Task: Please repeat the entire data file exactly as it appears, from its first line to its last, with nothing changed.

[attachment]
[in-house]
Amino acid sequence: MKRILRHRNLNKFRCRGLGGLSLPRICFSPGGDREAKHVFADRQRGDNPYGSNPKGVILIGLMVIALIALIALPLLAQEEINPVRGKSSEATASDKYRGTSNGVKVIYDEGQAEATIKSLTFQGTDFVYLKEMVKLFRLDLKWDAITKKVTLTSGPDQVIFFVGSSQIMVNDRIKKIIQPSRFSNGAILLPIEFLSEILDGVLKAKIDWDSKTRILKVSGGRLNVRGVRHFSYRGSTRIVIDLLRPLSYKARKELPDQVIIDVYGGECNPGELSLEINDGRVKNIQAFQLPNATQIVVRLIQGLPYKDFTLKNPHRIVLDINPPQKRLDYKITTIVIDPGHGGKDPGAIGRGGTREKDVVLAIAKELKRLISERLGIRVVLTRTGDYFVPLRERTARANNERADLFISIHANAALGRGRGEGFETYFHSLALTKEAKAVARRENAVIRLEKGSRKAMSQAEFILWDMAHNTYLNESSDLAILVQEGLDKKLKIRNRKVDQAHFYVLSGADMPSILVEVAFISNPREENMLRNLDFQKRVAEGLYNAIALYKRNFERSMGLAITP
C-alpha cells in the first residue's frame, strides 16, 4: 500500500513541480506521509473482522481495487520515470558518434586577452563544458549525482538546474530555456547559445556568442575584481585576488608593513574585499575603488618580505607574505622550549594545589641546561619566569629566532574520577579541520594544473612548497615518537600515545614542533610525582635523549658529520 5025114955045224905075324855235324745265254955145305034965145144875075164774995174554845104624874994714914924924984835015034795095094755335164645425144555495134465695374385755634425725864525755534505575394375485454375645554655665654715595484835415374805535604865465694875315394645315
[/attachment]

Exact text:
[in-house]
Amino acid sequence: MKRILRHRNLNKFRCRGLGGLSLPRICFSPGGDREAKHVFADRQRGDNPYGSNPKGVILIGLMVIALIALIALPLLAQEEINPVRGKSSEATASDKYRGTSNGVKVIYDEGQAEATIKSLTFQGTDFVYLKEMVKLFRLDLKWDAITKKVTLTSGPDQVIFFVGSSQIMVNDRIKKIIQPSRFSNGAILLPIEFLSEILDGVLKAKIDWDSKTRILKVSGGRLNVRGVRHFSYRGSTRIVIDLLRPLSYKARKELPDQVIIDVYGGECNPGELSLEINDGRVKNIQAFQLPNATQIVVRLIQGLPYKDFTLKNPHRIVLDINPPQKRLDYKITTIVIDPGHGGKDPGAIGRGGTREKDVVLAIAKELKRLISERLGIRVVLTRTGDYFVPLRERTARANNERADLFISIHANAALGRGRGEGFETYFHSLALTKEAKAVARRENAVIRLEKGSRKAMSQAEFILWDMAHNTYLNESSDLAILVQEGLDKKLKIRNRKVDQAHFYVLSGADMPSILVEVAFISNPREENMLRNLDFQKRVAEGLYNAIALYKRNFERSMGLAITP
C-alpha cells in the first residue's frame, strides 16, 4: 500500500513541480506521509473482522481495487520515470558518434586577452563544458549525482538546474530555456547559445556568442575584481585576488608593513574585499575603488618580505607574505622550549594545589641546561619566569629566532574520577579541520594544473612548497615518537600515545614542533610525582635523549658529520 5025114955045224905075324855235324745265254955145305034965145144875075164774995174554845104624874994714914924924984835015034795095094755335164645425144555495134465695374385755634425725864525755534505575394375485454375645554655665654715595484835415374805535604865465694875315394645315